Pregnancy and diabetes: Is your body ready?
Pregnancy and diabetes: Is your body ready?
You have diabetes and you're thinking about having a baby. You may be concerned about the risks associated with pregnancy and diabetes — but there's good news. If you control your blood sugar level and make healthy lifestyle choices, you can improve your chances of having a healthy baby.
Is your body ready for pregnancy?
Before you conceive, see your health care provider for a physical exam. Mention your interest in pregnancy. If you take oral diabetes medication, you may need to switch to insulin or make other changes to your diabetes treatment plan before you conceive. If you have high blood pressure or signs of heart, eye, nerve or kidney disease — or other diabetes complications that may be aggravated by pregnancy — you may need treatment before conception.
Your health care provider also may suggest scheduling preconception appointments with an obstetrician who specializes in high-risk pregnancies, a diabetes educator, a registered dietitian or other specialists.
Focus on blood sugar control
Controlling your blood sugar level is the best way to prevent diabetes complications. When it comes to pregnancy and diabetes, blood sugar control is more important than ever — even months before you conceive.
Your baby's brain, spinal cord, heart and other organs begin forming soon after conception, even before you know you're pregnant. If you have poor blood sugar control during the earliest days of pregnancy, your risk of miscarriage and your baby's risk of birth defects — particularly those affecting the brain, spinal cord and heart — increase. However, if you manage your blood sugar level before you conceive, your odds of having a trouble-free pregnancy and a healthy baby are nearly the same as if you didn't have diabetes.
Your health care provider will help you establish your target blood sugar range for now and early in pregnancy. The goal is to keep your blood sugar level as close to normal as possible.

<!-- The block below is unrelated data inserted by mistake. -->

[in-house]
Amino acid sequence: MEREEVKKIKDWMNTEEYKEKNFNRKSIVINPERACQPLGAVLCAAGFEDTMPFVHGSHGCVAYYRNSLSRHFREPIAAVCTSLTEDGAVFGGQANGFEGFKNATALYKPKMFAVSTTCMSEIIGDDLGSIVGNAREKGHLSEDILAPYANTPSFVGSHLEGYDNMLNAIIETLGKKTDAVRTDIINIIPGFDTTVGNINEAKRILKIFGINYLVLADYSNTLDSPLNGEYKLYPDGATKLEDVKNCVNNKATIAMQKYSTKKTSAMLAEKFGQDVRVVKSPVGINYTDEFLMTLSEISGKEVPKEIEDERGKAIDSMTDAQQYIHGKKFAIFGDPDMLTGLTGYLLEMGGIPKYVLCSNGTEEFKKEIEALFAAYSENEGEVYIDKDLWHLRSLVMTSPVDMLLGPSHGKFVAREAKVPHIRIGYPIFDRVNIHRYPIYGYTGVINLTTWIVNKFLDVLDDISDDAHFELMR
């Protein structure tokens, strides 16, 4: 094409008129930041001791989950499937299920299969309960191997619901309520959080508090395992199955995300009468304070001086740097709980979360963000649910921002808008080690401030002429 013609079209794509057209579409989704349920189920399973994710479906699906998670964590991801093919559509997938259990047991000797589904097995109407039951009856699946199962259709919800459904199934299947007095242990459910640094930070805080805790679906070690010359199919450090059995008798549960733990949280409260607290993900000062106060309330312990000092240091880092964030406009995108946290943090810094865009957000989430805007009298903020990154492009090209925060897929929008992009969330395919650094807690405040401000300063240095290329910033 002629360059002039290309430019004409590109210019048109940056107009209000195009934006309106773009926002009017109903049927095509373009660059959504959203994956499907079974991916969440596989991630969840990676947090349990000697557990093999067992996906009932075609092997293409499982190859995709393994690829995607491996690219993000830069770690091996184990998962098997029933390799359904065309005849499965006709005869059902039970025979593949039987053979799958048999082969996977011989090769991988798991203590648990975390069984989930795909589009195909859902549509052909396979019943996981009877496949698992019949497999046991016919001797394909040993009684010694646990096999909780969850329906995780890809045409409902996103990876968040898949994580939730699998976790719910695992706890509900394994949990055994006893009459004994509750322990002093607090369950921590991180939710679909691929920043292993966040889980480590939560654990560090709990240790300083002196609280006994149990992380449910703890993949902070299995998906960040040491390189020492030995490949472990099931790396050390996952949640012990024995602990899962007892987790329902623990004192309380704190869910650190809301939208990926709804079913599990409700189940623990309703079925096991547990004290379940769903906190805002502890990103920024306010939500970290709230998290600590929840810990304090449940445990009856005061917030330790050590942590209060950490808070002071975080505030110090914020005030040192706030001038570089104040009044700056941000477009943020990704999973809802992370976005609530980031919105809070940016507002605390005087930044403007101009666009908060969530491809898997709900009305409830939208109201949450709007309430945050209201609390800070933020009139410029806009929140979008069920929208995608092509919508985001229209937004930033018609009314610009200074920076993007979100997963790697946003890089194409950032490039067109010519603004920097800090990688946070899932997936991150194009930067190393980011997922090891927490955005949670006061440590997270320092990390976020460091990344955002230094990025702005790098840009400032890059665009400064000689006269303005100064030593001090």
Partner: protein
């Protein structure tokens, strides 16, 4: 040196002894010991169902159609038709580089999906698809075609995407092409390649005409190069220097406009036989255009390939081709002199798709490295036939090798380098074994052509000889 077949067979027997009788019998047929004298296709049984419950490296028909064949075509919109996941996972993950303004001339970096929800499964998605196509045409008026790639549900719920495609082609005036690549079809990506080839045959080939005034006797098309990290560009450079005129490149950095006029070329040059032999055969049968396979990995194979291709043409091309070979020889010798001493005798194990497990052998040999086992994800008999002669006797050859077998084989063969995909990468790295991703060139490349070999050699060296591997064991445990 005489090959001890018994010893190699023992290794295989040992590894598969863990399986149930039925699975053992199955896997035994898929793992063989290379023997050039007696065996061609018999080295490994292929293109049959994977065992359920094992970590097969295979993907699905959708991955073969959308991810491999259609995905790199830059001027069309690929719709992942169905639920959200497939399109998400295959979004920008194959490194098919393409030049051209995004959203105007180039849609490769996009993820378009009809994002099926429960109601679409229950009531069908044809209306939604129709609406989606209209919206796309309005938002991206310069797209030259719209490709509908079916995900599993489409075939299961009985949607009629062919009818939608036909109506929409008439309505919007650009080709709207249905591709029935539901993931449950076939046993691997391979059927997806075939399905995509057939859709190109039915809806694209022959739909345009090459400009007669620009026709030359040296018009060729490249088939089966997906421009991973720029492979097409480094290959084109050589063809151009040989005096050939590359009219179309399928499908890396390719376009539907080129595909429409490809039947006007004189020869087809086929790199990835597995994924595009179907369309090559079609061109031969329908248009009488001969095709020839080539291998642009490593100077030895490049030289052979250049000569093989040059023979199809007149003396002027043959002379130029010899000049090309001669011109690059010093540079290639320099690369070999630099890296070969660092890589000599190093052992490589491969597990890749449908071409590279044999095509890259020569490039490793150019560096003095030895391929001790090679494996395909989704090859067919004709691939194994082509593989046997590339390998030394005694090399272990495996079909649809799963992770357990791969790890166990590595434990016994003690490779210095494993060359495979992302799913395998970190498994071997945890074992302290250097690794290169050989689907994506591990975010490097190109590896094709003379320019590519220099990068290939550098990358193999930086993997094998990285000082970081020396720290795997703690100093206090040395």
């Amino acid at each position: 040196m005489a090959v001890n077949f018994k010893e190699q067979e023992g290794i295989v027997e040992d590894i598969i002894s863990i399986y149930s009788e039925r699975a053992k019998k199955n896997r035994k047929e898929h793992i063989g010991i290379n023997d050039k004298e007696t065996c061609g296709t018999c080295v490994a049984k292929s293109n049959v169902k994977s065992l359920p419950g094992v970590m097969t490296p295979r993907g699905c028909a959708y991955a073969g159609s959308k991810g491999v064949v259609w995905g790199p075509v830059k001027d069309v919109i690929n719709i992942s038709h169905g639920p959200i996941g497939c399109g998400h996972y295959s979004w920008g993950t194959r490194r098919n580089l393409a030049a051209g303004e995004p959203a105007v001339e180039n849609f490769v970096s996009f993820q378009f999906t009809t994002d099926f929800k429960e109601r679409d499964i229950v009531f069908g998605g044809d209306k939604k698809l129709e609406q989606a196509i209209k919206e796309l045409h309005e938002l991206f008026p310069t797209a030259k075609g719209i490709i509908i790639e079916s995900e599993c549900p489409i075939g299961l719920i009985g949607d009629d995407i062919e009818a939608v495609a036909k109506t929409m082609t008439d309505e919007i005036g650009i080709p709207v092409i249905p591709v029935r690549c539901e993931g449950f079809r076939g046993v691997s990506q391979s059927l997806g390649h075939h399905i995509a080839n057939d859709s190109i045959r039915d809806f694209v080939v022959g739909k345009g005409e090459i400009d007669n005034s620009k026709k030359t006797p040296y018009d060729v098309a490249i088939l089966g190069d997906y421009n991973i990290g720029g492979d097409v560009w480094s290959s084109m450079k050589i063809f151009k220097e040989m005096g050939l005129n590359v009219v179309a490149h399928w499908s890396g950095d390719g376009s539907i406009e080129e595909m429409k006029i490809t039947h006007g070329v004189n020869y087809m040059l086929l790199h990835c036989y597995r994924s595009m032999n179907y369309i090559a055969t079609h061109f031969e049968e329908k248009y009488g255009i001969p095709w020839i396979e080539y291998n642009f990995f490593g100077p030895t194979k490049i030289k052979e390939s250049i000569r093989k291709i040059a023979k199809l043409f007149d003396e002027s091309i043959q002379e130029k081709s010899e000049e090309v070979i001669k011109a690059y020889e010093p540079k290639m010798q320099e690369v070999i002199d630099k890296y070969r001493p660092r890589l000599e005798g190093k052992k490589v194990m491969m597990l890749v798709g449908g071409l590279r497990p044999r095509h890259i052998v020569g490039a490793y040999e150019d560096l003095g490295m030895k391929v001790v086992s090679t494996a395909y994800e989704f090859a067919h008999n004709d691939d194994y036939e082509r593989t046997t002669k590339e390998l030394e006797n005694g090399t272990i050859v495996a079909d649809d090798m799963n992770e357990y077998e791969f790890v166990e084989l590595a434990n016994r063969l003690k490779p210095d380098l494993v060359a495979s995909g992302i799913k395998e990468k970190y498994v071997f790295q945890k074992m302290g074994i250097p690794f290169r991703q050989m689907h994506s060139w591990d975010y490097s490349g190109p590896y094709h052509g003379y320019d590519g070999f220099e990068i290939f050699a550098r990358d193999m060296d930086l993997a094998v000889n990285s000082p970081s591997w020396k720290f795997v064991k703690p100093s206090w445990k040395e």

Remember healthy-eating principles
Your diabetes diet probably includes plenty of fruits, vegetables and whole grains. You can eat the same foods as you plan for pregnancy. If you're having trouble keeping your blood sugar level in your target range or you want to lose excess pounds before pregnancy, consult a registered dietitian. He or she can help you customize your diabetes meal plan to meet your pre-pregnancy needs.
To help fill any nutritional gaps, take a daily prenatal vitamin — ideally starting a few months before conception.
Include physical activity in your daily routine
Physical activity is another important part of your diabetes treatment plan. During your preconception appointment, get your doctor's OK to exercise. Then choose activities you enjoy, such as walking, swimming or biking. What's most important is making physical activity part of your daily routine. Aim for at least 30 minutes of aerobic exercise most days of the week. Stretching and strength training exercises are important, too. If you haven't been active for a while, start slowly and build up gradually.
Remember that physical activity affects blood sugar. Check your blood sugar level before and after any activity, especially if you take insulin. You might need to eat a snack before exercising to help prevent low blood sugar.
Know what's off-limits
When you're planning your pregnancy, don't:
It's also important to keep stress under control. Too much stress may interfere with your blood sugar level and make it harder to take good care of yourself — and your baby.
Patience pays off
Preparing for pregnancy may take months and multiple visits to your health care provider. In fact, the American Diabetes Association recommends maintaining good blood sugar control for three to six months before attempting to conceive. Your health care provider may want you to reach a specific A1C level — a reflection of your blood sugar level for the past two to three months — before pregnancy.
Until your health care provider gives you the green light for pregnancy, remember to use birth control. A healthier pregnancy is worth the wait.
Last Updated: 2009-12-12
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